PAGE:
22. David Brown

    Allison you are making my point. When asked this question:

    “Do you believe that the State Department is correct in designating Hamas as a terrorist organization?”…

    There should be only one, loud, emphatic answer:


    In addition, he would not rule out taking money from Iran to build it. He is equivocating with regards to state sponsors of terror and evil organizations. That is NOT moderate.

  23. Allison Kilkenny

    David, I’m really at a loss here. If you can’t see that the responses, “YES!!!!!!” and “Hamas is a terrorist organization” are identical, then I really don’t see where we can go from here.

  24. David Brown

    You are a communicator and a good one I might add. Surely you see he is saying different things to different groups and that causes mistrust. You didnt address my point about Iran. He has also said (paraphrasing) that “the U.S. has more blood on its hands than Al Qiada.” Did you see his interview on 60 minutes where he said “the U.S. was an accessory to the crime of 9/11″? Take a look at Ed Bradley’s reaction. Look, we are not going to agree on this but I think it is very important that liberals and conservatives have these discussions without resorting to name calling. We are humans first, Americans second and politicos hopefully a distant third. You seem like a nice person who is well informed and passionate about the issues. I hope you have found me to be respectful and I would hope you would agree I can have an honest disagreement where this mosque should be placed without you thinking I am Islamaphobic. I greatly appreciate your replies and your valuable time and would gladly debate you on other issues.

  25. Allison Kilkenny

    I appreciate the kind words, and thanks for sticking with me to talk about this. Before I hit the hay, I wanted to respond to your last post. The Imam was dealing with a difficult, touchy subject (“Blowback”) that is both incredibly important, and also incredibly difficult to discuss in America. Ron Paul was practically heckled off stage when he suggested some of America’s imperialist foreign policies stoke extremism during the Republican debates.

    The Imam is correct that the U.S. military has killed far, far more innocent civilians during the Iraq and Afghanistan invasions and occupations than Al-Qaeda could ever dream of killing. For example, AQ doesn’t have an airforce, or an organized army. In fact, CIA Director, Leon Panetta, said there are “less than fifty” Al-Qaeda left in Afghanistan. So obviously, they are no longer a formidable foe.

    The point people like the Imam are trying to make isn’t that America deserves to be attacked, but rather there are good ways to protect our country – namely by not killing innocent civilians abroad, the #1 recruiting tool of jihadists. Of course, it’s difficult for a man like the Imam to make that point without scared, paranoid individuals immediately recoiling and labelling him as a “bad Muslim.” The Imam has always been cautious to preface this claim by calling 9/11 an atrocity and crime, and never excusing acts of terrorism, but his statements have still be mangled by certain nefarious media players.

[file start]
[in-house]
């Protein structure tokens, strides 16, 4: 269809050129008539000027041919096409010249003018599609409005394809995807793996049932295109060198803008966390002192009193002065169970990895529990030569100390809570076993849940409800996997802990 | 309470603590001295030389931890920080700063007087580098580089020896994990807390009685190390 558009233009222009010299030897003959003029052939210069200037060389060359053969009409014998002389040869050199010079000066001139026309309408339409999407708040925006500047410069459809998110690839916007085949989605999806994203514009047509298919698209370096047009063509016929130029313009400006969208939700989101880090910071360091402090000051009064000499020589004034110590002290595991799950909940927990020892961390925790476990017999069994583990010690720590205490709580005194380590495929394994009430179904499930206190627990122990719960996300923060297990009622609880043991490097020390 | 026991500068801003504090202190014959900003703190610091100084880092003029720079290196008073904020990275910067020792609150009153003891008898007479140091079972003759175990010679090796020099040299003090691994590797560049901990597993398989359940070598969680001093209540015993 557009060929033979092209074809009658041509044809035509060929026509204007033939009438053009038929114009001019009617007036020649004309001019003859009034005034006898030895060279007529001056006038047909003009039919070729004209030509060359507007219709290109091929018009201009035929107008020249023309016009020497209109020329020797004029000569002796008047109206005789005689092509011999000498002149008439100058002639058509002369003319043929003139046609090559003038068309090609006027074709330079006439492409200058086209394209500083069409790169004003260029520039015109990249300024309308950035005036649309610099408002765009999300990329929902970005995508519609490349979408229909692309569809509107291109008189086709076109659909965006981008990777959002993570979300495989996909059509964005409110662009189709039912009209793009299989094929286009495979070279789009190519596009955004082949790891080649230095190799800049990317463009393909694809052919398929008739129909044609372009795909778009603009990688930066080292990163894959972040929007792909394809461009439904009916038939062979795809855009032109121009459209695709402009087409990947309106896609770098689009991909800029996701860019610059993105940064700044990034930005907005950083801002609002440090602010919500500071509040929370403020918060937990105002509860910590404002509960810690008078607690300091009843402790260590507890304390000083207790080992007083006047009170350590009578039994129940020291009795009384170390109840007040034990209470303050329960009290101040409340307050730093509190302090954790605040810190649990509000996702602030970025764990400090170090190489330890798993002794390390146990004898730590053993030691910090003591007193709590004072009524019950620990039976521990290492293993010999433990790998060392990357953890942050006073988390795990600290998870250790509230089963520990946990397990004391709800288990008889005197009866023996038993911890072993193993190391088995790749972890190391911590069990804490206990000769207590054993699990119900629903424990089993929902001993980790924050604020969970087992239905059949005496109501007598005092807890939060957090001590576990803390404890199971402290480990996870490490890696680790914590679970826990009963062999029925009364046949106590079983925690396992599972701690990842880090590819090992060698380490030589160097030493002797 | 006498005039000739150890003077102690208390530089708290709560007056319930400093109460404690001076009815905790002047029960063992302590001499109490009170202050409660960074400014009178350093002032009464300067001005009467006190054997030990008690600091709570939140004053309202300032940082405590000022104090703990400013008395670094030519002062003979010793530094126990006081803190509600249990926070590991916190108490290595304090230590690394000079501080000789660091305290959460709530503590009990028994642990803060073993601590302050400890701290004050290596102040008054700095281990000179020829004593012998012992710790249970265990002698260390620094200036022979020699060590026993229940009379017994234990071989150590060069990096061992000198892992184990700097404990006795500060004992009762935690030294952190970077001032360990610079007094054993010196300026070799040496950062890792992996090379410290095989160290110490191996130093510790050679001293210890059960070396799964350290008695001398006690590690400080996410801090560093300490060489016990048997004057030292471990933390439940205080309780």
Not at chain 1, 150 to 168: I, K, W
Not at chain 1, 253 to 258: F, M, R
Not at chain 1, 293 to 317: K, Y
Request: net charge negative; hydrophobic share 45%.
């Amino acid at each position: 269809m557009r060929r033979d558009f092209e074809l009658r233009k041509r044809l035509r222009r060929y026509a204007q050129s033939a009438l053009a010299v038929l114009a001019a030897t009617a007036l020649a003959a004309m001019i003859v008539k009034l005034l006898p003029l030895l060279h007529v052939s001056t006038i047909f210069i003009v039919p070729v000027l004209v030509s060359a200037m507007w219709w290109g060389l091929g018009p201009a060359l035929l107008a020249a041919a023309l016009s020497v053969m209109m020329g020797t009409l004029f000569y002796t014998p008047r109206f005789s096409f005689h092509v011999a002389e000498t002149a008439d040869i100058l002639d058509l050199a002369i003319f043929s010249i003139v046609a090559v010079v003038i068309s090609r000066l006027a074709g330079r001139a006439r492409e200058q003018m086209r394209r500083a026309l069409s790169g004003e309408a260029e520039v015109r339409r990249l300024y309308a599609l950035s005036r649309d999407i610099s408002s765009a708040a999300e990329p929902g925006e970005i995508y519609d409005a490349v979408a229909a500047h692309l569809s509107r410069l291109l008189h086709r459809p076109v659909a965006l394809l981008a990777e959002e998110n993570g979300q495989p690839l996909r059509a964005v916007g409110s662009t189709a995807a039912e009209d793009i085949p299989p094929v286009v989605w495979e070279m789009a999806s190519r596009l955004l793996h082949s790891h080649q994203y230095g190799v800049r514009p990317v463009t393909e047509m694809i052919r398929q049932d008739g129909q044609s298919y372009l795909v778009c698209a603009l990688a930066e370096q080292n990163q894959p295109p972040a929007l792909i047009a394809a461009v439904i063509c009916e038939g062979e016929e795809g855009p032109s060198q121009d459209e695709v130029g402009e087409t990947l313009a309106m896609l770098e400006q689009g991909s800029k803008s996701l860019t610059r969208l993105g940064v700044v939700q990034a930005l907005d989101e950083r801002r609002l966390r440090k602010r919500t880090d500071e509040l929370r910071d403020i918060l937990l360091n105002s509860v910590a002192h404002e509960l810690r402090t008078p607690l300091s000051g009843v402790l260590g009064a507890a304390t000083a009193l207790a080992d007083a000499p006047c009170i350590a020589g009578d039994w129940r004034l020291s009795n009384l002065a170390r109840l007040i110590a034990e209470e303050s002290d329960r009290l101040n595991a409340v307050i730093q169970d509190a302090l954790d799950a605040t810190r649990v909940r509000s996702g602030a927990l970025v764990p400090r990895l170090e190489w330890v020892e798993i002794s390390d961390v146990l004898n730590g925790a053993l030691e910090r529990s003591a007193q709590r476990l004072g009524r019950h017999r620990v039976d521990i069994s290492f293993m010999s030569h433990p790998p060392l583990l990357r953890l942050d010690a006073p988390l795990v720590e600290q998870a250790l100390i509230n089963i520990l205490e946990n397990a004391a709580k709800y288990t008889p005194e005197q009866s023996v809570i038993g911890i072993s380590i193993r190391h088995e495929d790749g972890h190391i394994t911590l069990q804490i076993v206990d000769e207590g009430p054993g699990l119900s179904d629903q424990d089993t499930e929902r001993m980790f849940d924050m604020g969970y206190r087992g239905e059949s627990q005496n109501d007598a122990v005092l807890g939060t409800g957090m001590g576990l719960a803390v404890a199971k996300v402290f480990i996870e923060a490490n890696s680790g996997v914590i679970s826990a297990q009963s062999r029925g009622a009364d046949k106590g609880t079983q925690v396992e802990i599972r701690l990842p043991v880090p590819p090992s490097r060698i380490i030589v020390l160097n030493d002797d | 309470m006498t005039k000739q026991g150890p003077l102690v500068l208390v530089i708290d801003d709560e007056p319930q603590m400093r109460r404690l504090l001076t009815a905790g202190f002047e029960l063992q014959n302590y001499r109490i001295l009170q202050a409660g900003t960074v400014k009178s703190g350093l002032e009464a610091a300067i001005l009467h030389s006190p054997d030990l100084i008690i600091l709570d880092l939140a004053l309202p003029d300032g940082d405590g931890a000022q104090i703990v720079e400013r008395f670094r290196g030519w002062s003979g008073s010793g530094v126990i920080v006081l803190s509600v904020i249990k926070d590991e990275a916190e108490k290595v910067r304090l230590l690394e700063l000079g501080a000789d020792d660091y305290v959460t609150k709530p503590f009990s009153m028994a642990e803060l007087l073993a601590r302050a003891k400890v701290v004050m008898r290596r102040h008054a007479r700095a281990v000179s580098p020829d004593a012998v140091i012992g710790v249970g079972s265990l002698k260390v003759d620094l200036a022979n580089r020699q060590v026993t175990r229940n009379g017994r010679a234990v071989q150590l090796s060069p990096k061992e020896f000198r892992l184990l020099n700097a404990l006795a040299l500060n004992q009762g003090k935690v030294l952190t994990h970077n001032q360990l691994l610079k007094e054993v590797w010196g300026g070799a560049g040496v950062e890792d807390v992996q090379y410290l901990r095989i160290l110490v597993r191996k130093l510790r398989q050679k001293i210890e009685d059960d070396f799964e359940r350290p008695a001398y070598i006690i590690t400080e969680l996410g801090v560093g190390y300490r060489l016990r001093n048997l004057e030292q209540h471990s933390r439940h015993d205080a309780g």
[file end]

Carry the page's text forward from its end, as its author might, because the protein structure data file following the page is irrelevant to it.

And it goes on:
What he was actually proposing is a way to keep America safe in the long term. Otherwise, more cases of blowback are inevitable (as we’ve seen with the Times Square bomber, and the Christmas Day bomber).

    Thanks, and I hope I was able to clarify things a little bit!

  26. David Brown

    Thanks for your lenghty reply Allison. I think it is very dangerous for him to have compared the U.S. to Al Qaida in any matter. I hate when people use “Nazi’s” or “Hitler” in analogies for they rarely, if ever, work. The first person to mention Hitler loses in my opinion and Newt should not have made that comparison the other day. The same is true, for me, when comparing to Al Qaida. I believe most mainstream Americans are angered when he compares the U.S. to Al Qaida in any respect. We are NOT like them. Yes we do on occasion kill innocents. But we dont do so intentionally. AQ does so intentionally. Our justice system, as well as all responsible justice systems all over the world consider intent when determining the severity of a crime or whether or not a crime was committed at all. A person who accidentally kills someone is treated completely differently than someone who plans and plots a murder. If I were helping this imam with his PR, which he so desperately needs now, I would implore him not to draw those analogies in the future, especially if his goal is to unite and bridge build. In addition, I dont think his wife helped him any with her appearance on ABC Sunday. She went beyond saying that people who oppose the mosque are Islamaphobes. She called them haters of Muslims. Bridges dont get built when you ostenibly call almost 3/4′s of the American public bigots. I understand he is overseas at the moment but i think he should have sat down with a member of the main stream press to answer all of the questions that are swirling. When he gets back, I would advise him to take on his critics, sit down with someone who will ask him tough questions so we call move on with our life. Take care.